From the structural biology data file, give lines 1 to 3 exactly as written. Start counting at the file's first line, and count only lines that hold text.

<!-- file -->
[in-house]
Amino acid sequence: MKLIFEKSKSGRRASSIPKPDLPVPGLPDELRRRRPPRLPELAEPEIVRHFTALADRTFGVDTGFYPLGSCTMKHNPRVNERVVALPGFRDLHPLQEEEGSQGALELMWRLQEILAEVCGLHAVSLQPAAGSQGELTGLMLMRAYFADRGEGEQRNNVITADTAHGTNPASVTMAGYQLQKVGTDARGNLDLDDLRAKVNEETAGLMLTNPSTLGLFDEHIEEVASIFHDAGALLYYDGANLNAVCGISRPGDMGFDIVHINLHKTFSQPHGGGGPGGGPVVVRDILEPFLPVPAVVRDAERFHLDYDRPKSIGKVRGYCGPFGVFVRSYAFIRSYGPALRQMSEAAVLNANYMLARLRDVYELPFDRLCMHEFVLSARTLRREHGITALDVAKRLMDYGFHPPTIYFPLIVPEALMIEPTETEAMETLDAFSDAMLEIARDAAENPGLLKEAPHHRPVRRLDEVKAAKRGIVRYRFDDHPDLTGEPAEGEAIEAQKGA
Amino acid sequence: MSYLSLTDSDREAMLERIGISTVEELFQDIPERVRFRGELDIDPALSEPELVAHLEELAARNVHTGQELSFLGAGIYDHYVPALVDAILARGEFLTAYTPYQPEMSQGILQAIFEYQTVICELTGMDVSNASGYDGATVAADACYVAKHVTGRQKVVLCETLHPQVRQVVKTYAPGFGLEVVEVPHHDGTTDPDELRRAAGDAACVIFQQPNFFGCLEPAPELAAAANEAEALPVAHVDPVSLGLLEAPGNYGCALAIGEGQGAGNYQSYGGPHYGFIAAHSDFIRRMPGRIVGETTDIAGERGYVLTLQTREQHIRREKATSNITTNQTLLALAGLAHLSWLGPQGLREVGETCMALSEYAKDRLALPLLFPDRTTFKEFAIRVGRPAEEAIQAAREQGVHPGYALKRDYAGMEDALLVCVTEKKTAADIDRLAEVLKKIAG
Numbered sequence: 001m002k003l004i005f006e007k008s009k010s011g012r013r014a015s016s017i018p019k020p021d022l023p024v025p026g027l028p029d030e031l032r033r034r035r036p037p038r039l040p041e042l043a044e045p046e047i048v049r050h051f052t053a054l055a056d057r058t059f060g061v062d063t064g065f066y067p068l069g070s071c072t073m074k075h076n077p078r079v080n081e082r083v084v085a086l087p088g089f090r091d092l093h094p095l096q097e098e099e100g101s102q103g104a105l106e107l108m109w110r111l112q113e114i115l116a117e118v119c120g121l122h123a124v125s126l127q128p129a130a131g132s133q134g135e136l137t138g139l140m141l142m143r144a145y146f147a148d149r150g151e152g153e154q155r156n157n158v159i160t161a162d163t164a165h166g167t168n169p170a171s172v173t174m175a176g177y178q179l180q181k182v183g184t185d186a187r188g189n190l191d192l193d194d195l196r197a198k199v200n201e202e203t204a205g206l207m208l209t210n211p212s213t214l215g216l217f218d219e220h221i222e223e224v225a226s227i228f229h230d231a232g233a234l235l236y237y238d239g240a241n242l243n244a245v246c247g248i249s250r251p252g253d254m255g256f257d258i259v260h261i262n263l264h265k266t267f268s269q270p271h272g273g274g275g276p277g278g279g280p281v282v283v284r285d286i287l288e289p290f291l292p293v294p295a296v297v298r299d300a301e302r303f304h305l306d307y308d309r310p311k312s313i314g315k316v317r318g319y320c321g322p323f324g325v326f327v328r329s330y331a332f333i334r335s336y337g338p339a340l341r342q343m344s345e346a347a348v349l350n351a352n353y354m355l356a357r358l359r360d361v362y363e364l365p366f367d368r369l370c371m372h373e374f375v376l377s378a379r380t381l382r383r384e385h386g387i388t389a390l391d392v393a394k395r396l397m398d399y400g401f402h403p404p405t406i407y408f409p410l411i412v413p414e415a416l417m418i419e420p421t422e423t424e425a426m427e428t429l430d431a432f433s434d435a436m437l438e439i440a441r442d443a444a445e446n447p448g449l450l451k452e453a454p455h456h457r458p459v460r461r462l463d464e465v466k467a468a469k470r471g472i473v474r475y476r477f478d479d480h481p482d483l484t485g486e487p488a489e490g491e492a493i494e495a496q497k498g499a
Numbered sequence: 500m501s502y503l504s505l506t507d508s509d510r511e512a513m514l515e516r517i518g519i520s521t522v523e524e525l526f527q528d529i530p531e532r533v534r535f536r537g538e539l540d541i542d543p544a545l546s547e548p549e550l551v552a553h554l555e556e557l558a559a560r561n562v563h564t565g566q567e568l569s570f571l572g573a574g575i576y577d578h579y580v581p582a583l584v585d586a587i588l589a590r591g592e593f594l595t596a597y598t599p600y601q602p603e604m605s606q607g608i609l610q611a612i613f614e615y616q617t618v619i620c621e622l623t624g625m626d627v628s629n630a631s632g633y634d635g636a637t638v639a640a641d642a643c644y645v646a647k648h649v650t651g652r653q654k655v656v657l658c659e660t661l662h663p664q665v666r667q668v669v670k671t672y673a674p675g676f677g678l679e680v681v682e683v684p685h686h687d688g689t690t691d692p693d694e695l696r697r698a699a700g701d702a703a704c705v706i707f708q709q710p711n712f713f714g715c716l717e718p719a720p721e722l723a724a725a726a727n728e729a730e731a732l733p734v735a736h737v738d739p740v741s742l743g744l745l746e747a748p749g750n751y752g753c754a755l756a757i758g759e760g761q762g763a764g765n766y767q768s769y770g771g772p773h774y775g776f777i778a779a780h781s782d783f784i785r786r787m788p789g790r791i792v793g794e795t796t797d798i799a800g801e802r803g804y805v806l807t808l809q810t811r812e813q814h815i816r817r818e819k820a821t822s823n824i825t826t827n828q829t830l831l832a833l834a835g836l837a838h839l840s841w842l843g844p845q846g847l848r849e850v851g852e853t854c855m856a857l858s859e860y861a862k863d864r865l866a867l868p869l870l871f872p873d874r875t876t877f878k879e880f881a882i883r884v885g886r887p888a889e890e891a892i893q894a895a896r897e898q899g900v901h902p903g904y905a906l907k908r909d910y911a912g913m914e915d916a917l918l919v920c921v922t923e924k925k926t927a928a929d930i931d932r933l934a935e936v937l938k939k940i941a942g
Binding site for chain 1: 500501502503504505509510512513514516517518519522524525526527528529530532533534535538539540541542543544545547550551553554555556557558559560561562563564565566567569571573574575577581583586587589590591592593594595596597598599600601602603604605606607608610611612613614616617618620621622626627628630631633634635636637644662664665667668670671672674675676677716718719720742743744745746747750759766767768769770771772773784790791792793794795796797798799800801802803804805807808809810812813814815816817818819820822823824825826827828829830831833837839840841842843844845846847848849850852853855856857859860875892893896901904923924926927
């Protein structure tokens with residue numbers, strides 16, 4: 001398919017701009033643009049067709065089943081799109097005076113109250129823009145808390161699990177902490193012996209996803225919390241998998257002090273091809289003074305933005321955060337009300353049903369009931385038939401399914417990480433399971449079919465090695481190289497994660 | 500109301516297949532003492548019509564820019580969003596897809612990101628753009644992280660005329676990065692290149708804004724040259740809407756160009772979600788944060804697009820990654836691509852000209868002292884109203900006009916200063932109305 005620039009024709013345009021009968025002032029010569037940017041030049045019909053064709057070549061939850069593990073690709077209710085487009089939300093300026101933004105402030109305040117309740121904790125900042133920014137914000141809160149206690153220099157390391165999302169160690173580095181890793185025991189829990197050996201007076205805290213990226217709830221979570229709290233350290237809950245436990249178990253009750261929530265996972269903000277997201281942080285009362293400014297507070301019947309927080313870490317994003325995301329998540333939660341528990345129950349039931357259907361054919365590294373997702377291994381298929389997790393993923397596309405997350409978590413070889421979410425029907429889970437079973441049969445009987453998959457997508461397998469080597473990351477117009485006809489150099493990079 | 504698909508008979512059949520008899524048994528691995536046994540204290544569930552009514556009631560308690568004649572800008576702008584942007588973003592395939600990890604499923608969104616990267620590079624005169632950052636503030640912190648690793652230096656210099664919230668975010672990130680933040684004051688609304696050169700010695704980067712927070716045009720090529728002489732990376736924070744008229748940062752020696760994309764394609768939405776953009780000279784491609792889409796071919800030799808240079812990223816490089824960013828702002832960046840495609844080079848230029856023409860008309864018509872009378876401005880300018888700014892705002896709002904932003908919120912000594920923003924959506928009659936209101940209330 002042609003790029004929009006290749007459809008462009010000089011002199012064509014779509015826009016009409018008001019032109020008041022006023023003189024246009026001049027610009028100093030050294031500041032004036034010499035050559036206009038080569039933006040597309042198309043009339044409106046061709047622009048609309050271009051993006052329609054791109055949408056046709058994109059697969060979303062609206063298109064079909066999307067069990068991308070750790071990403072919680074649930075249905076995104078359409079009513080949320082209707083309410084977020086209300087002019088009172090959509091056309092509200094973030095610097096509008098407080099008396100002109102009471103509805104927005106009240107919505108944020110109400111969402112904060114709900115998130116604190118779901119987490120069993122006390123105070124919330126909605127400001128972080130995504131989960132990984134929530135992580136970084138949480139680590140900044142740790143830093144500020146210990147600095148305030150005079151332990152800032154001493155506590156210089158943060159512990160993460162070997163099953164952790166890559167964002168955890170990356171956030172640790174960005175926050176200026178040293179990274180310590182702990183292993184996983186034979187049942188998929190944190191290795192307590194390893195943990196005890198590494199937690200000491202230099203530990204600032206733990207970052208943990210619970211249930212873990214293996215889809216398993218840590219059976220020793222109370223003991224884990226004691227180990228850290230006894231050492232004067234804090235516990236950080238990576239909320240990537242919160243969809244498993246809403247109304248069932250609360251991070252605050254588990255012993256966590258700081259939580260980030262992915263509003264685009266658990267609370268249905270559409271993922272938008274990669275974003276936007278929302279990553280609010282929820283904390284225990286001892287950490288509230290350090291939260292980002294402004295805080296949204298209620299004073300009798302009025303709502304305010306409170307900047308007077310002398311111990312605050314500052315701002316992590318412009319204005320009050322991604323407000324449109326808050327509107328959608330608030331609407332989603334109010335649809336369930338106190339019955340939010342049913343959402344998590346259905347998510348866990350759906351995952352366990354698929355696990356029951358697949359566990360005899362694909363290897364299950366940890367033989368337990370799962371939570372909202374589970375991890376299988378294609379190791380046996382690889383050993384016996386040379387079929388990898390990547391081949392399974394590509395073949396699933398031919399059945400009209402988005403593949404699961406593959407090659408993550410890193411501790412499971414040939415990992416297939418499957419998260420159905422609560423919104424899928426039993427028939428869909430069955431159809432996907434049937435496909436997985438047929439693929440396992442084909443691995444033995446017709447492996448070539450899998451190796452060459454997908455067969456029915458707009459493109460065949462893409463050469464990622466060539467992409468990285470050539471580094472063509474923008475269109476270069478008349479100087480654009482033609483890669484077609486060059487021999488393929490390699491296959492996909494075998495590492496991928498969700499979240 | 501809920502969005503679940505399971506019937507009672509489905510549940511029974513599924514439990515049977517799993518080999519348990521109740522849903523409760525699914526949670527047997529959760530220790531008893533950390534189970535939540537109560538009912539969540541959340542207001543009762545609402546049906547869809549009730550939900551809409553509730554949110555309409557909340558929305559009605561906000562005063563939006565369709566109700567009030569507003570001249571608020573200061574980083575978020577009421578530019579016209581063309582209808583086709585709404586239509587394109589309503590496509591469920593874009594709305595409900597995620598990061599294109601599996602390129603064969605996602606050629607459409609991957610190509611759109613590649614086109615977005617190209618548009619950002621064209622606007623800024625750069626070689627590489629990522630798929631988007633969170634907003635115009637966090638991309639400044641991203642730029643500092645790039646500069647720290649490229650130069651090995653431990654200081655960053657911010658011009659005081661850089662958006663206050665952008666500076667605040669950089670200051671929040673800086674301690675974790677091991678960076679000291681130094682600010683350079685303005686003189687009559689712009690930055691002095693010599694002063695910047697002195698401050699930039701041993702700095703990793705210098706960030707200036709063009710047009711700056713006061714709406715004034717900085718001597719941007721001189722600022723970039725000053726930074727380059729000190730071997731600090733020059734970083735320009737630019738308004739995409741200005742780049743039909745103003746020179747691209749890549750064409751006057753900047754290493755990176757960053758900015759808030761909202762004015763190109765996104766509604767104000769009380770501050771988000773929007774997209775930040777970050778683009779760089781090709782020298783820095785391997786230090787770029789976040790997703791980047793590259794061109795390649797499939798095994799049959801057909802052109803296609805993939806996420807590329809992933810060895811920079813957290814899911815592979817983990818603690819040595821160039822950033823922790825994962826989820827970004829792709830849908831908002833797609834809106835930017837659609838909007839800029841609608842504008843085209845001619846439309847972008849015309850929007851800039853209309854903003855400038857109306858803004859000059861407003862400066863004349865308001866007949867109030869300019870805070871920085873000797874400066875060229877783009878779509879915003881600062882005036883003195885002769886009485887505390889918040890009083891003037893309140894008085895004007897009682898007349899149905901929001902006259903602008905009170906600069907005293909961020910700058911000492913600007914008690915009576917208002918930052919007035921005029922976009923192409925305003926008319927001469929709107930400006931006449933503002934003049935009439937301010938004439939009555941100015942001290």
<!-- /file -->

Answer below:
[in-house]
Amino acid sequence: MKLIFEKSKSGRRASSIPKPDLPVPGLPDELRRRRPPRLPELAEPEIVRHFTALADRTFGVDTGFYPLGSCTMKHNPRVNERVVALPGFRDLHPLQEEEGSQGALELMWRLQEILAEVCGLHAVSLQPAAGSQGELTGLMLMRAYFADRGEGEQRNNVITADTAHGTNPASVTMAGYQLQKVGTDARGNLDLDDLRAKVNEETAGLMLTNPSTLGLFDEHIEEVASIFHDAGALLYYDGANLNAVCGISRPGDMGFDIVHINLHKTFSQPHGGGGPGGGPVVVRDILEPFLPVPAVVRDAERFHLDYDRPKSIGKVRGYCGPFGVFVRSYAFIRSYGPALRQMSEAAVLNANYMLARLRDVYELPFDRLCMHEFVLSARTLRREHGITALDVAKRLMDYGFHPPTIYFPLIVPEALMIEPTETEAMETLDAFSDAMLEIARDAAENPGLLKEAPHHRPVRRLDEVKAAKRGIVRYRFDDHPDLTGEPAEGEAIEAQKGA
Amino acid sequence: MSYLSLTDSDREAMLERIGISTVEELFQDIPERVRFRGELDIDPALSEPELVAHLEELAARNVHTGQELSFLGAGIYDHYVPALVDAILARGEFLTAYTPYQPEMSQGILQAIFEYQTVICELTGMDVSNASGYDGATVAADACYVAKHVTGRQKVVLCETLHPQVRQVVKTYAPGFGLEVVEVPHHDGTTDPDELRRAAGDAACVIFQQPNFFGCLEPAPELAAAANEAEALPVAHVDPVSLGLLEAPGNYGCALAIGEGQGAGNYQSYGGPHYGFIAAHSDFIRRMPGRIVGETTDIAGERGYVLTLQTREQHIRREKATSNITTNQTLLALAGLAHLSWLGPQGLREVGETCMALSEYAKDRLALPLLFPDRTTFKEFAIRVGRPAEEAIQAAREQGVHPGYALKRDYAGMEDALLVCVTEKKTAADIDRLAEVLKKIAG